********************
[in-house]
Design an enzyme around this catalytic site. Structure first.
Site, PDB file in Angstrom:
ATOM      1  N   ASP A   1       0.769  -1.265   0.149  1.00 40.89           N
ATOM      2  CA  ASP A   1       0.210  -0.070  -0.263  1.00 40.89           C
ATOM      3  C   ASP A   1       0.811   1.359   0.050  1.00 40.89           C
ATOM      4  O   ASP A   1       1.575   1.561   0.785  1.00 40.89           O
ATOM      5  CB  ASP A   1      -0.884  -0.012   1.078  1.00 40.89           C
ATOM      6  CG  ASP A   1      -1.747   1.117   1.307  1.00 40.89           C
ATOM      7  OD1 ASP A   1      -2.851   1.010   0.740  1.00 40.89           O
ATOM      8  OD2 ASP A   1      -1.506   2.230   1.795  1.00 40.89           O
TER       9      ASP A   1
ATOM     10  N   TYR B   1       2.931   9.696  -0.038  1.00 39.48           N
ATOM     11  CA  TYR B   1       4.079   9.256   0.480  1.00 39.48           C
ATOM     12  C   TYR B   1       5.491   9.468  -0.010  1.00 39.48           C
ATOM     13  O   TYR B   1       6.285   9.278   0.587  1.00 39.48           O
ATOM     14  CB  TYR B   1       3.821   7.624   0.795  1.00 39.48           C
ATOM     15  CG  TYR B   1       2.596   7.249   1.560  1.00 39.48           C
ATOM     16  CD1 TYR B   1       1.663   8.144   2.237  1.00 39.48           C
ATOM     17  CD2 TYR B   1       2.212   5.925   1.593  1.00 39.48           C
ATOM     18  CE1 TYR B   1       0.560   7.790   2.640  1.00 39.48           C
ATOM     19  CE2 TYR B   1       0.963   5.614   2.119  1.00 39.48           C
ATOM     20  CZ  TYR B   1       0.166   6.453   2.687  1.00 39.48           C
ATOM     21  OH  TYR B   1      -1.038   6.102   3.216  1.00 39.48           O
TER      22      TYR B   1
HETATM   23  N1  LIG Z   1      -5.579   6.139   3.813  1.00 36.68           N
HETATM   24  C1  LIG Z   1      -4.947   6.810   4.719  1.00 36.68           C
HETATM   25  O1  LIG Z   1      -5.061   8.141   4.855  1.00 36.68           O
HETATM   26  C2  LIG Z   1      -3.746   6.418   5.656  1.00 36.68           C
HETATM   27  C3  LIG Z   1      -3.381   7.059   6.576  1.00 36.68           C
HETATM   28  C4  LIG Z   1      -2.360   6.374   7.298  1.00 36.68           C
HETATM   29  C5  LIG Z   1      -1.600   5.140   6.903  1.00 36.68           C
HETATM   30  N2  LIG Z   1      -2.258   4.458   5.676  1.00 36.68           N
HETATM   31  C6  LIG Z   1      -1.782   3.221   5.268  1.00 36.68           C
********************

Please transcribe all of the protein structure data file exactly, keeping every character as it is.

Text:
[in-house]
Design an enzyme around this catalytic site. Structure first.
Site, PDB file in Angstrom:
ATOM      1  N   ASP A   1       0.769  -1.265   0.149  1.00 40.89           N
ATOM      2  CA  ASP A   1       0.210  -0.070  -0.263  1.00 40.89           C
ATOM      3  C   ASP A   1       0.811   1.359   0.050  1.00 40.89           C
ATOM      4  O   ASP A   1       1.575   1.561   0.785  1.00 40.89           O
ATOM      5  CB  ASP A   1      -0.884  -0.012   1.078  1.00 40.89           C
ATOM      6  CG  ASP A   1      -1.747   1.117   1.307  1.00 40.89           C
ATOM      7  OD1 ASP A   1      -2.851   1.010   0.740  1.00 40.89           O
ATOM      8  OD2 ASP A   1      -1.506   2.230   1.795  1.00 40.89           O
TER       9      ASP A   1
ATOM     10  N   TYR B   1       2.931   9.696  -0.038  1.00 39.48           N
ATOM     11  CA  TYR B   1       4.079   9.256   0.480  1.00 39.48           C
ATOM     12  C   TYR B   1       5.491   9.468  -0.010  1.00 39.48           C
ATOM     13  O   TYR B   1       6.285   9.278   0.587  1.00 39.48           O
ATOM     14  CB  TYR B   1       3.821   7.624   0.795  1.00 39.48           C
ATOM     15  CG  TYR B   1       2.596   7.249   1.560  1.00 39.48           C
ATOM     16  CD1 TYR B   1       1.663   8.144   2.237  1.00 39.48           C
ATOM     17  CD2 TYR B   1       2.212   5.925   1.593  1.00 39.48           C
ATOM     18  CE1 TYR B   1       0.560   7.790   2.640  1.00 39.48           C
ATOM     19  CE2 TYR B   1       0.963   5.614   2.119  1.00 39.48           C
ATOM     20  CZ  TYR B   1       0.166   6.453   2.687  1.00 39.48           C
ATOM     21  OH  TYR B   1      -1.038   6.102   3.216  1.00 39.48           O
TER      22      TYR B   1
HETATM   23  N1  LIG Z   1      -5.579   6.139   3.813  1.00 36.68           N
HETATM   24  C1  LIG Z   1      -4.947   6.810   4.719  1.00 36.68           C
HETATM   25  O1  LIG Z   1      -5.061   8.141   4.855  1.00 36.68           O
HETATM   26  C2  LIG Z   1      -3.746   6.418   5.656  1.00 36.68           C
HETATM   27  C3  LIG Z   1      -3.381   7.059   6.576  1.00 36.68           C
HETATM   28  C4  LIG Z   1      -2.360   6.374   7.298  1.00 36.68           C
HETATM   29  C5  LIG Z   1      -1.600   5.140   6.903  1.00 36.68           C
HETATM   30  N2  LIG Z   1      -2.258   4.458   5.676  1.00 36.68           N
HETATM   31  C6  LIG Z   1      -1.782   3.221   5.268  1.00 36.68           C